The simultaneous announcements by Presidents Raúl Castro and Barack Obama on December 17, and the measures being carried out by the two governments, reflect the overdue US decision to respect Cuba as a sovereign country and Cuba’s recognition that its interests are served by mutually respectful rapprochement with the United States. Officials from the two countries have negotiated secretly for decades. However, one or both sides always backed away. This is fundamentally because of Washington’s lingering hegemonic presumption and fear on the part of Cuba’s leaders that rapprochement with the United States would risk the country’s hard-won independence.
Rapprochement with Cuba has been on Obama’s agenda from the start, and he can pursue this without Congressional constraint.
International, domestic, political, and personal imperatives all made this breakthrough possible now. Shifts in demography and opinion have greatly reduced the cost to the U.S. administration of changing policy. Latin American insistence that Cuba be invited to this year’s Summit of the Americas required a decision from the United States. Cuba is helping end the FARC insurgency in Colombia, and the United States and Cuba have parallel interests in response to Venezuela’s deterioration. The two countries have been cooperating on humanitarian relief in Haiti, responding to the Ebola crisis, narcotics, immigration, and other issues. Cuba long ago stopped supporting armed insurgencies. The interests of U.S. citizens and firms have been damaged by the embargo. Rapprochement with Cuba has been on Obama’s agenda from the start, and he can pursue this without Congressional constraint.
Reestablishing conventional diplomatic relations will not end conflict between Cuba and the United States, from Guantánamo to the Middle East. It will not create instant trust after decades of pervasive hostility, nor by itself reshape Cuba’s authoritarian polity and statist economy. Castro and his colleagues have introduced some reforms, but shown no inclination to cede power or unleash free markets. The United States retains its ambition for global and regional influence, its devotion to free market prescriptions, and the commitment to civil and human rights.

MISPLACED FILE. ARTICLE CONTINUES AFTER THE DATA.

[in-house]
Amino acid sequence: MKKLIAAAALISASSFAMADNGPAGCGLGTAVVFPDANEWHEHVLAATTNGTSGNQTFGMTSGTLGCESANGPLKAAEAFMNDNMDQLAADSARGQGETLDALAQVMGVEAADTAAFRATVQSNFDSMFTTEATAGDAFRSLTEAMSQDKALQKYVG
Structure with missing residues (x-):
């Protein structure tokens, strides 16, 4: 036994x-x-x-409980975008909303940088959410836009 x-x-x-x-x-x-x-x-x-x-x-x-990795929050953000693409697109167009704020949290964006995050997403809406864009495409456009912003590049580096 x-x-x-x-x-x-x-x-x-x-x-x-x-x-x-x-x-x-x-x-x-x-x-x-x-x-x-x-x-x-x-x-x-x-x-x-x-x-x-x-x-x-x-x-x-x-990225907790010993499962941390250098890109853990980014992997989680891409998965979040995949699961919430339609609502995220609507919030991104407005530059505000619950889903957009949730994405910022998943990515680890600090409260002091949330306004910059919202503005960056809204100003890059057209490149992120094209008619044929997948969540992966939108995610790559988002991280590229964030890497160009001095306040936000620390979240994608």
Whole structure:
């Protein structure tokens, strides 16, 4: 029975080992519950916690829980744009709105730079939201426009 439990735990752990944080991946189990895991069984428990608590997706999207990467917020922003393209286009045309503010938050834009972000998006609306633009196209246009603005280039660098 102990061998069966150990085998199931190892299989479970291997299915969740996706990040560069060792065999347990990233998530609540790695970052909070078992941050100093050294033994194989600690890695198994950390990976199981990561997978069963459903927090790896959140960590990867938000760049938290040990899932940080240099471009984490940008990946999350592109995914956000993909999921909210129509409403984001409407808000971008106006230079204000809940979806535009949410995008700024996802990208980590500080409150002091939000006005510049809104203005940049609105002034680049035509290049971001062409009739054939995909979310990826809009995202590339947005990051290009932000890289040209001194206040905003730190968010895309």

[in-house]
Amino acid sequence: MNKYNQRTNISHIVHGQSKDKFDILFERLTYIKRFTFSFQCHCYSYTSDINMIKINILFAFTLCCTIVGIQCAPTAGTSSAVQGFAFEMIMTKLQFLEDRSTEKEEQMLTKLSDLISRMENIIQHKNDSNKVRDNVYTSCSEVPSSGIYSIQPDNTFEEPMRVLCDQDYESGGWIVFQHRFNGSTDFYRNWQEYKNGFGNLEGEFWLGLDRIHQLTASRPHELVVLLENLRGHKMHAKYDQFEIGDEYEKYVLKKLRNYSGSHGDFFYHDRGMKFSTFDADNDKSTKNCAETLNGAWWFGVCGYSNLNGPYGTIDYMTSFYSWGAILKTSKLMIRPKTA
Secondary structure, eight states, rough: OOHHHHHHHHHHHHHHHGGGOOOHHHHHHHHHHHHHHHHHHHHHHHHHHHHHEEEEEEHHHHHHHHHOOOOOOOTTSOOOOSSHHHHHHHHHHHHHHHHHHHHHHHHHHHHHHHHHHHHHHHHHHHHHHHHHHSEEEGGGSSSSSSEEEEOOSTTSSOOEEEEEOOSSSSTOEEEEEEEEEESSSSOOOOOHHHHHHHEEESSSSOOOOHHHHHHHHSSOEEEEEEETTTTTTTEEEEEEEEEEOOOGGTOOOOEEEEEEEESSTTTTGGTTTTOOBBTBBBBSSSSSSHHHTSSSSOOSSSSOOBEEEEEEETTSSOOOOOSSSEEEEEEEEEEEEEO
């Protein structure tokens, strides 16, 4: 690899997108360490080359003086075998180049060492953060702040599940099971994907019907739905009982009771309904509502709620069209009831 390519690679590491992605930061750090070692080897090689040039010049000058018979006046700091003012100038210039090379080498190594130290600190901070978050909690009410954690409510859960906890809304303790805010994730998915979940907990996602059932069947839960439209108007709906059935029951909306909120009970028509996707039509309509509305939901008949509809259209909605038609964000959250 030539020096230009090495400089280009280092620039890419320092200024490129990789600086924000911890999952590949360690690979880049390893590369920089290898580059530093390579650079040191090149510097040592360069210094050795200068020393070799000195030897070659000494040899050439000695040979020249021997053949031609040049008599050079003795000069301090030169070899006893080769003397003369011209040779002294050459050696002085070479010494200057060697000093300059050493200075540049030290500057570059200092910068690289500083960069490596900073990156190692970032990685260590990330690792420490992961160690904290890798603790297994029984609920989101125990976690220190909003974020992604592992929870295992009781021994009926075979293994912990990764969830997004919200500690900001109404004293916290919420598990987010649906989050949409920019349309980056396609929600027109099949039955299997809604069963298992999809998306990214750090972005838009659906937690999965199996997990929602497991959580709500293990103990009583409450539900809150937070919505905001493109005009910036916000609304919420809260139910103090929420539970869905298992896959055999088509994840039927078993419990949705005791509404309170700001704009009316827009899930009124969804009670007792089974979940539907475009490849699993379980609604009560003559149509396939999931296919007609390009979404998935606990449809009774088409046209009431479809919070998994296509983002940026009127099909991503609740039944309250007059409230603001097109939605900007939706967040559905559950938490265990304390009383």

The slow opening of the Cuban economy has already begun to produce internal calls to expand international exchange, liberalize domestic regulations, and reform the currency regime.
What will likely change, however, is the number and influence of Cuban and international actors that can affect the country’s future. The slow opening of the Cuban economy has already begun to produce internal calls, both from state enterprises and private businesses, to expand international exchange, liberalize domestic regulations, and reform the currency regime. Such forces will multiply as trade, investment, and tourism expand business and civil society organizations become active, and ideas flow more freely. They will change the dynamics of Cuba and of inter-American relations, as long as the mutual and fundamental shifts can be reinforced, internally and internationally.
Abraham F. Lowenthal is President Emeritus of the Pacific Council, non-resident senior fellow of the Brookings Institution, and was founding director of the Wilson Center’s Latin American Program and the Inter-American Dialogue.
Published in El Mercurio in Chile, Folha de Sao Paulo in Brazil, and Reforma in Mexico.
The views and opinions expressed here are those of the author and do not necessarily reflect the official policy or position of the Pacific Council.